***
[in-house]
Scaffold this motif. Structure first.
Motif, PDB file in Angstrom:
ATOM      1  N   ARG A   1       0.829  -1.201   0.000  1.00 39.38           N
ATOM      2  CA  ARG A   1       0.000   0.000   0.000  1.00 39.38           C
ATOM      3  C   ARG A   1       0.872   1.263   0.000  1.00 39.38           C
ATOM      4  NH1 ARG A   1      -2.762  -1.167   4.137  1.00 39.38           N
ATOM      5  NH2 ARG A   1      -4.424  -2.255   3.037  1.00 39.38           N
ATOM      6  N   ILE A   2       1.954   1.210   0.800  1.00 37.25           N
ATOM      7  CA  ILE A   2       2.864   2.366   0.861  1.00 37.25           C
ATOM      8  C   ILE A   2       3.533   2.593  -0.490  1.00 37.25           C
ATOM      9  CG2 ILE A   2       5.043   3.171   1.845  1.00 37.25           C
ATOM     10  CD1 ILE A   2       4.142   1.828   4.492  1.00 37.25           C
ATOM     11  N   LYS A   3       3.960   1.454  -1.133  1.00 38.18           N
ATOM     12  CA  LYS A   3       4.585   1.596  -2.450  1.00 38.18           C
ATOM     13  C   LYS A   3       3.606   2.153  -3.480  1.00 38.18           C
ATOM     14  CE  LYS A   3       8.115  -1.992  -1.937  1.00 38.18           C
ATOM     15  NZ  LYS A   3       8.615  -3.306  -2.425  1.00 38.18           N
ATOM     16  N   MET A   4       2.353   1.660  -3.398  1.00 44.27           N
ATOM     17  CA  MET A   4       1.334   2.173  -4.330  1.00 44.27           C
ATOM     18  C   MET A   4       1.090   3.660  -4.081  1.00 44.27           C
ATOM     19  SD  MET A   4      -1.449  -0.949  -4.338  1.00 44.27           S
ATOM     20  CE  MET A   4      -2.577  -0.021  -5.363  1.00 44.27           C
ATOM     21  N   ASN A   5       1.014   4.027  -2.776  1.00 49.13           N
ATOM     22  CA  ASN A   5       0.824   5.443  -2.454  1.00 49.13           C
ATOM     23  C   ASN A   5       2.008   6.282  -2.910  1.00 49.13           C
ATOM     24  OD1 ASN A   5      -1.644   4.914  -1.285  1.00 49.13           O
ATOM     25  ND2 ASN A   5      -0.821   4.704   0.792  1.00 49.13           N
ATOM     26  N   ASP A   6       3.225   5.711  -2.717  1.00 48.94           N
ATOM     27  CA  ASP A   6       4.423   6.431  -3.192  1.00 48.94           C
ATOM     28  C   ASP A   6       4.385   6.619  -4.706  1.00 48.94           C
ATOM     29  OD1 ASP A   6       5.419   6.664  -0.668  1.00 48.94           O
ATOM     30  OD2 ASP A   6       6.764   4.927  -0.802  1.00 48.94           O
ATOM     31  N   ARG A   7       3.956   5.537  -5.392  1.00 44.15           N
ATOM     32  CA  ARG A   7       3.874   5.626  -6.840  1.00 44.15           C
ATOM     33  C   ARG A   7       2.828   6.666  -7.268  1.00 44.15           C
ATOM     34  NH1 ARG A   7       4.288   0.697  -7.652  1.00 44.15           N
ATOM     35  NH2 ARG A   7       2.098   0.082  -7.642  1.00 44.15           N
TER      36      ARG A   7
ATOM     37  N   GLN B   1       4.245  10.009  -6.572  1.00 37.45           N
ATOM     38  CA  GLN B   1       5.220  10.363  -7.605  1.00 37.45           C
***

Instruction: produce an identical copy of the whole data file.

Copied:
[in-house]
Scaffold this motif. Structure first.
Motif, PDB file in Angstrom:
ATOM      1  N   ARG A   1       0.829  -1.201   0.000  1.00 39.38           N
ATOM      2  CA  ARG A   1       0.000   0.000   0.000  1.00 39.38           C
ATOM      3  C   ARG A   1       0.872   1.263   0.000  1.00 39.38           C
ATOM      4  NH1 ARG A   1      -2.762  -1.167   4.137  1.00 39.38           N
ATOM      5  NH2 ARG A   1      -4.424  -2.255   3.037  1.00 39.38           N
ATOM      6  N   ILE A   2       1.954   1.210   0.800  1.00 37.25           N
ATOM      7  CA  ILE A   2       2.864   2.366   0.861  1.00 37.25           C
ATOM      8  C   ILE A   2       3.533   2.593  -0.490  1.00 37.25           C
ATOM      9  CG2 ILE A   2       5.043   3.171   1.845  1.00 37.25           C
ATOM     10  CD1 ILE A   2       4.142   1.828   4.492  1.00 37.25           C
ATOM     11  N   LYS A   3       3.960   1.454  -1.133  1.00 38.18           N
ATOM     12  CA  LYS A   3       4.585   1.596  -2.450  1.00 38.18           C
ATOM     13  C   LYS A   3       3.606   2.153  -3.480  1.00 38.18           C
ATOM     14  CE  LYS A   3       8.115  -1.992  -1.937  1.00 38.18           C
ATOM     15  NZ  LYS A   3       8.615  -3.306  -2.425  1.00 38.18           N
ATOM     16  N   MET A   4       2.353   1.660  -3.398  1.00 44.27           N
ATOM     17  CA  MET A   4       1.334   2.173  -4.330  1.00 44.27           C
ATOM     18  C   MET A   4       1.090   3.660  -4.081  1.00 44.27           C
ATOM     19  SD  MET A   4      -1.449  -0.949  -4.338  1.00 44.27           S
ATOM     20  CE  MET A   4      -2.577  -0.021  -5.363  1.00 44.27           C
ATOM     21  N   ASN A   5       1.014   4.027  -2.776  1.00 49.13           N
ATOM     22  CA  ASN A   5       0.824   5.443  -2.454  1.00 49.13           C
ATOM     23  C   ASN A   5       2.008   6.282  -2.910  1.00 49.13           C
ATOM     24  OD1 ASN A   5      -1.644   4.914  -1.285  1.00 49.13           O
ATOM     25  ND2 ASN A   5      -0.821   4.704   0.792  1.00 49.13           N
ATOM     26  N   ASP A   6       3.225   5.711  -2.717  1.00 48.94           N
ATOM     27  CA  ASP A   6       4.423   6.431  -3.192  1.00 48.94           C
ATOM     28  C   ASP A   6       4.385   6.619  -4.706  1.00 48.94           C
ATOM     29  OD1 ASP A   6       5.419   6.664  -0.668  1.00 48.94           O
ATOM     30  OD2 ASP A   6       6.764   4.927  -0.802  1.00 48.94           O
ATOM     31  N   ARG A   7       3.956   5.537  -5.392  1.00 44.15           N
ATOM     32  CA  ARG A   7       3.874   5.626  -6.840  1.00 44.15           C
ATOM     33  C   ARG A   7       2.828   6.666  -7.268  1.00 44.15           C
ATOM     34  NH1 ARG A   7       4.288   0.697  -7.652  1.00 44.15           N
ATOM     35  NH2 ARG A   7       2.098   0.082  -7.642  1.00 44.15           N
TER      36      ARG A   7
ATOM     37  N   GLN B   1       4.245  10.009  -6.572  1.00 37.45           N
ATOM     38  CA  GLN B   1       5.220  10.363  -7.605  1.00 37.45           C